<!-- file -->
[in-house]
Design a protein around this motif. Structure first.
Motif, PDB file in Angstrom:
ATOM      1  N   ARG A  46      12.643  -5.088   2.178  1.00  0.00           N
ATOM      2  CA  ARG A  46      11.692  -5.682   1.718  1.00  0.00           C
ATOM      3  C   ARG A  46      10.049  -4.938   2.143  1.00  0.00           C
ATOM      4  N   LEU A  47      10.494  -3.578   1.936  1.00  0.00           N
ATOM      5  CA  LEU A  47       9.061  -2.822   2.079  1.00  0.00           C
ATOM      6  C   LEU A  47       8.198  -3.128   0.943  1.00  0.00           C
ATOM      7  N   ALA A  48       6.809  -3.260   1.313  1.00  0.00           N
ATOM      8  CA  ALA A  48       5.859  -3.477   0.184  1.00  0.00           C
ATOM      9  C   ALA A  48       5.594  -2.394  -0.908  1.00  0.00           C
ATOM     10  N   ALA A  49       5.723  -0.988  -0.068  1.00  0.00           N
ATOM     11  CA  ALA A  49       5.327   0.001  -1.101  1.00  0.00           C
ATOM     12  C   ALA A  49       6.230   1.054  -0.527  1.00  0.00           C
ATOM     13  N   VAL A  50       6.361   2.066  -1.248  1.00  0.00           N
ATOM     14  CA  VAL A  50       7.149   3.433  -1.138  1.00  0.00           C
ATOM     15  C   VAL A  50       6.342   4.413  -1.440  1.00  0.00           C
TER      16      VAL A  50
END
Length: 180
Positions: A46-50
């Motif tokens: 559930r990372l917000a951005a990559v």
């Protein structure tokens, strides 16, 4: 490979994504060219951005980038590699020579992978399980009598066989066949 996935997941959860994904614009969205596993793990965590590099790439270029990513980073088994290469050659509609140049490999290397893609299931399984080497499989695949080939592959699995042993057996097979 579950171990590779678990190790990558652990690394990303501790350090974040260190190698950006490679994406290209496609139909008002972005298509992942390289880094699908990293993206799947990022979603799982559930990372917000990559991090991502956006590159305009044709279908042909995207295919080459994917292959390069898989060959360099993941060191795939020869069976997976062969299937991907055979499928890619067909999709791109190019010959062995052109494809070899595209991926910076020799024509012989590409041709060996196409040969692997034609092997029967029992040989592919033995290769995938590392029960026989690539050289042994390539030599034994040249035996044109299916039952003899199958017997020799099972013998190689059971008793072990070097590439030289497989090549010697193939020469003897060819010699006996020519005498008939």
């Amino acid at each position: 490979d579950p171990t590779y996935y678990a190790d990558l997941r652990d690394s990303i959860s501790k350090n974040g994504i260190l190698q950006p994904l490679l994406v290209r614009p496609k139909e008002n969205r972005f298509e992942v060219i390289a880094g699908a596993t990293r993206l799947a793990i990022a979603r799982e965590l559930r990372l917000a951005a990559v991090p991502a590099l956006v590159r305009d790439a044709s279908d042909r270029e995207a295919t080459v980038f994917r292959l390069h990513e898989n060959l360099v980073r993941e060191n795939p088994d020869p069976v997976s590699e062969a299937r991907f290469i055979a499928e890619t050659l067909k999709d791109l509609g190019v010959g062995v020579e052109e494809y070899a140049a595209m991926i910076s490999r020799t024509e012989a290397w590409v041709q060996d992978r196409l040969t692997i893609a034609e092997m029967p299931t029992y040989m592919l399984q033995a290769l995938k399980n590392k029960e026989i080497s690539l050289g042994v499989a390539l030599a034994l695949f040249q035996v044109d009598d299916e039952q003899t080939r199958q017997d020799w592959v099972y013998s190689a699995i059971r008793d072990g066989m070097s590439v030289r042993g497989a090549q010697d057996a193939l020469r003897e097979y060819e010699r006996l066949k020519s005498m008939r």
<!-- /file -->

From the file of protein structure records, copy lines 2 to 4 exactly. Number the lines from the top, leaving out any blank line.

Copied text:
Design a protein around this motif. Structure first.
Motif, PDB file in Angstrom:
ATOM      1  N   ARG A  46      12.643  -5.088   2.178  1.00  0.00           N